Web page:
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Impact Statement: 'Whole genome sequencing-based Salmonella serotyping'

Statement Details

Brief Title
Whole genome sequencing-based Salmonella serotyping

Title
Whole genome sequencing-based Salmonella serotyping

Author
Deng, Xiangyu

Year
2017

Geographic Scope
International

County
Spalding

Unit/Department/Group
Center for Food Safety

Summary
University of Georgia scientists are helping transform national and global Salmonella surveillance using whole genome sequencing

Situation
Every year foodborne pathogens sicken 1 in 6 Americans and impose an economic burden of over 15.6 billion USD in the United States. Public health surveillance of foodborne illnesses relies on robust identification and classification of different subtypes of the pathogens. Salmonella is one of the most prevalent foodborne pathogen in the United States and worldwide. Salmonella serotyping, a laboratory routine for Salmonella classification, forms the foundation of the US national Salmonella surveillance system for over five decades. The traditional serotyping method that is cumbersome and logistically challenging with only few laboratories around the world capable of performing full-set Salmonella serotyping.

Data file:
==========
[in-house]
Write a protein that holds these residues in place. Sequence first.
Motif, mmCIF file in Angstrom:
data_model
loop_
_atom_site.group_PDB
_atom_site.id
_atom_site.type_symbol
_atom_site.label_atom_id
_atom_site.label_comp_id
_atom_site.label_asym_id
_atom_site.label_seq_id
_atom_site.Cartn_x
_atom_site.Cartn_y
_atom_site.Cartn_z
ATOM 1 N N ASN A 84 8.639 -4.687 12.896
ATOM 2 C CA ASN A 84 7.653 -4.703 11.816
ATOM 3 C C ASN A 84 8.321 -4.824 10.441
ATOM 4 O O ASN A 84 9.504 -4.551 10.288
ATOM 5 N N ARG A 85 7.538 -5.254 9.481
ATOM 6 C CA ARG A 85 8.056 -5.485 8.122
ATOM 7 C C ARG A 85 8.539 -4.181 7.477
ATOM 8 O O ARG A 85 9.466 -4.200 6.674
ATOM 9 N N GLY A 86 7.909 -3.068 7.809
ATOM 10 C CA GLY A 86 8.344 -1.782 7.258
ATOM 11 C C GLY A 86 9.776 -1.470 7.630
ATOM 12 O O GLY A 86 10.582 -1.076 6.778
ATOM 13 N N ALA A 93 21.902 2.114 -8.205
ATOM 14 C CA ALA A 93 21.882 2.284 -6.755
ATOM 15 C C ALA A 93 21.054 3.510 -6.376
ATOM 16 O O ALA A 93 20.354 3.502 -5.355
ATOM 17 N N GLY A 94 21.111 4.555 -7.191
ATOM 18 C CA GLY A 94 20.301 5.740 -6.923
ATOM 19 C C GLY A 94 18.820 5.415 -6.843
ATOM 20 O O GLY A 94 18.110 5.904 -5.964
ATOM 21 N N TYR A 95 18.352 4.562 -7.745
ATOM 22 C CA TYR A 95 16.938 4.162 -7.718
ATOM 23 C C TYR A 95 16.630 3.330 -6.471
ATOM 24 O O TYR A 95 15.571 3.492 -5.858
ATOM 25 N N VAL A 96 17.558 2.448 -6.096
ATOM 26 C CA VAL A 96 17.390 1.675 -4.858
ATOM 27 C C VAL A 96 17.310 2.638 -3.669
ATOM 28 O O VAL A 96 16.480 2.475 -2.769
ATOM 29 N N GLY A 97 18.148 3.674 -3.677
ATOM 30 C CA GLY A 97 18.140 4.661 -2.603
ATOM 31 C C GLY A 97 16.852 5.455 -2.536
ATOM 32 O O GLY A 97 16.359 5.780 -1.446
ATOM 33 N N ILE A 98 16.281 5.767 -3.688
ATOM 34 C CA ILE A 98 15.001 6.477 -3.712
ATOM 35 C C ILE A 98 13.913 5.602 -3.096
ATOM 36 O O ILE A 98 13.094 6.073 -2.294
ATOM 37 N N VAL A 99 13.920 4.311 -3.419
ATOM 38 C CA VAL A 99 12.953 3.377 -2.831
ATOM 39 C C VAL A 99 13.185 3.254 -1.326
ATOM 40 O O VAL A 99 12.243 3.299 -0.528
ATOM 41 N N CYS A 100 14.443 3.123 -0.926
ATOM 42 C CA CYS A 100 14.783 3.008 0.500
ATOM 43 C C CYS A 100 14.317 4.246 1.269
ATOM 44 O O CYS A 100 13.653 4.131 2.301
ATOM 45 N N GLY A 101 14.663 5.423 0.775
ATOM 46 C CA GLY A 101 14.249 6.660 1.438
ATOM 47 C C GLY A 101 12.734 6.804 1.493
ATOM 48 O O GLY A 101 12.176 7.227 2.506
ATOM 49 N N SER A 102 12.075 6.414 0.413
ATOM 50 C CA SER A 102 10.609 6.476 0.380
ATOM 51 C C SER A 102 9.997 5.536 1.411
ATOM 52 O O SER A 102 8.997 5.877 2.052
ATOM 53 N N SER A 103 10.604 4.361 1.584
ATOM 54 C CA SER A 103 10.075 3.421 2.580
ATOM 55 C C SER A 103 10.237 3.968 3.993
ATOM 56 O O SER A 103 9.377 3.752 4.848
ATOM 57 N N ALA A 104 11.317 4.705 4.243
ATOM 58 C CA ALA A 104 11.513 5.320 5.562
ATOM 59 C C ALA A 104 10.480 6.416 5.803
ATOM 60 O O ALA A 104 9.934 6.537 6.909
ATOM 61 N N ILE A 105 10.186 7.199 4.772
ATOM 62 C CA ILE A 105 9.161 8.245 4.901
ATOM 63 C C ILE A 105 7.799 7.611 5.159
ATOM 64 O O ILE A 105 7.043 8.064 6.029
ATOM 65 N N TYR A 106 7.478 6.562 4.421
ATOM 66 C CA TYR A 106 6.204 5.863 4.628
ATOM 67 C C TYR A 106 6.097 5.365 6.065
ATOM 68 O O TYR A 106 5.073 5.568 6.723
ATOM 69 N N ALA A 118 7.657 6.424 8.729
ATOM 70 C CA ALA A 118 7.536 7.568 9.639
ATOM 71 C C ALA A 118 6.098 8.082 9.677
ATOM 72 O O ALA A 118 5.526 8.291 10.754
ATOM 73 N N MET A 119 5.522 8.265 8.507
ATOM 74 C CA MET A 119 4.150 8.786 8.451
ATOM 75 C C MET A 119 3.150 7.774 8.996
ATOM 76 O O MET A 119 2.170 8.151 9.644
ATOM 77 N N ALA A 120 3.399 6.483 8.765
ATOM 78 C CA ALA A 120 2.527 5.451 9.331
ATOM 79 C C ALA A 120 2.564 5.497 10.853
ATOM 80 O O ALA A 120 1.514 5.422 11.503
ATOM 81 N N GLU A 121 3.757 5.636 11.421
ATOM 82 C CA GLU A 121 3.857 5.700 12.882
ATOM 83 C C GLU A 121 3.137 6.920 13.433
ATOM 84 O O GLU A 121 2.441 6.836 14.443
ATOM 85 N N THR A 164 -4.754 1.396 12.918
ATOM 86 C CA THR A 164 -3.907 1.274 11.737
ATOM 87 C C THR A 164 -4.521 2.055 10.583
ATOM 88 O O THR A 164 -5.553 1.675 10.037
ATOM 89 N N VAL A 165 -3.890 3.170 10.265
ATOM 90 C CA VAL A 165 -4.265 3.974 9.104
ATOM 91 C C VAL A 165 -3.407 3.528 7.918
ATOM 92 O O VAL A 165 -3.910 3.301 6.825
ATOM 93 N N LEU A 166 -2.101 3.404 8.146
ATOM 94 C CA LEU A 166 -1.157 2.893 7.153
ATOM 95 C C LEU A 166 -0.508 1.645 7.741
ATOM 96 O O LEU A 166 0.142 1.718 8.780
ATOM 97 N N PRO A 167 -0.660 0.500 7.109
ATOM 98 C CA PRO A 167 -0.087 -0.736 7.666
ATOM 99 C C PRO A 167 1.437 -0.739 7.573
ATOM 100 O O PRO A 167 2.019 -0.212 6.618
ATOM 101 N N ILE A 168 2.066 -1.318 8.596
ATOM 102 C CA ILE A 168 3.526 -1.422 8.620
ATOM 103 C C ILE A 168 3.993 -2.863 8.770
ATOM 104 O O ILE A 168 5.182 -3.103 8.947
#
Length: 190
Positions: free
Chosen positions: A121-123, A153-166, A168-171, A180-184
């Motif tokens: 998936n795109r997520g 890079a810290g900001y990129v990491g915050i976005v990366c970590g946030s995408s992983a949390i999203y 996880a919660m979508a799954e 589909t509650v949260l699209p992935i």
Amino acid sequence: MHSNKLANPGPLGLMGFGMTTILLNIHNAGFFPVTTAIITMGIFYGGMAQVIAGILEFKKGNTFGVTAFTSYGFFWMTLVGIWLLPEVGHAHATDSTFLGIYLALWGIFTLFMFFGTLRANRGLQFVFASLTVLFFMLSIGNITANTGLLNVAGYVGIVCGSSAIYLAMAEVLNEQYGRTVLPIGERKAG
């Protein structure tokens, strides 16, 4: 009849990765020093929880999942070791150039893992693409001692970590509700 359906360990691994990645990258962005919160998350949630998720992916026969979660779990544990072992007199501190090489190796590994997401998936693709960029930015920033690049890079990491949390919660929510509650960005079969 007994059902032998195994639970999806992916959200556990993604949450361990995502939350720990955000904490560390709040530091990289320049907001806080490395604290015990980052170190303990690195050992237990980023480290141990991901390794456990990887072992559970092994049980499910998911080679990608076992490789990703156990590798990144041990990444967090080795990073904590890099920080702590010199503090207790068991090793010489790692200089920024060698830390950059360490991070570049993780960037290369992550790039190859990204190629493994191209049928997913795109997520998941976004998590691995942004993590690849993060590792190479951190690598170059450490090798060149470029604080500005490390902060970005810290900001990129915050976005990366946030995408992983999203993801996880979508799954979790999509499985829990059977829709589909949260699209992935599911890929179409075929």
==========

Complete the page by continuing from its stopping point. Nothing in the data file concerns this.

Response
Dr. Xiangyu Deng's laboratory at UGA Center for Food Safety created SeqSero, a highly innovative bioinformatics tool and the first of its kind that allows accurate, fast and straightforward prediction of bacterial pathogen serotype from raw whole genome sequencing (WGS) data. By making this tool publicly available (http://www.denglab.info/SeqSero), Dr. Deng and his team provided a free and in silico alternative to traditional Salmonella serotyping. This enables any laboratory and individual with access to WGS to do nearly full set Salmonella serotyping (more than 2,500 serotypes) and shortens the serotyping procedure from days to minutes or seconds

Impact
Since its inception in 2015, SeqSero has been adopted by over 60 governmental, academic and private institutions around the world including more than 20 national public health, research and regulatory agencies such as Centers for Diseases Control (CDC), Food and Drug Administration (FDA), US Department of Agriculture, Public Health England, Public Health Agency Canada, Robert Koch Institute (Germany), Institut Pasteur (France), and Statens Serum Institute (Denmark). Significant cost saving and efficiency enhancement has been achieved by multiple users and the public health benefit of this tool will continue to increase as it is becoming the de facto reference method for molecular serotyping of Salmonella.

State Issue
Food Safety

Program Function(s)

  • Research

Program Area(s)

  • Agriculture & Natural Resources

Topic(s)

  • Food Science

Keyword(s)

  • Food Safety
  • Target Audience: Business/Industy

Funding Source(s)

  • Federal Grants
  • Private Gifts

Collaborator(s)

CAES Collaborator(s)

(None)

Non-CAES Collaborator(s)

(None)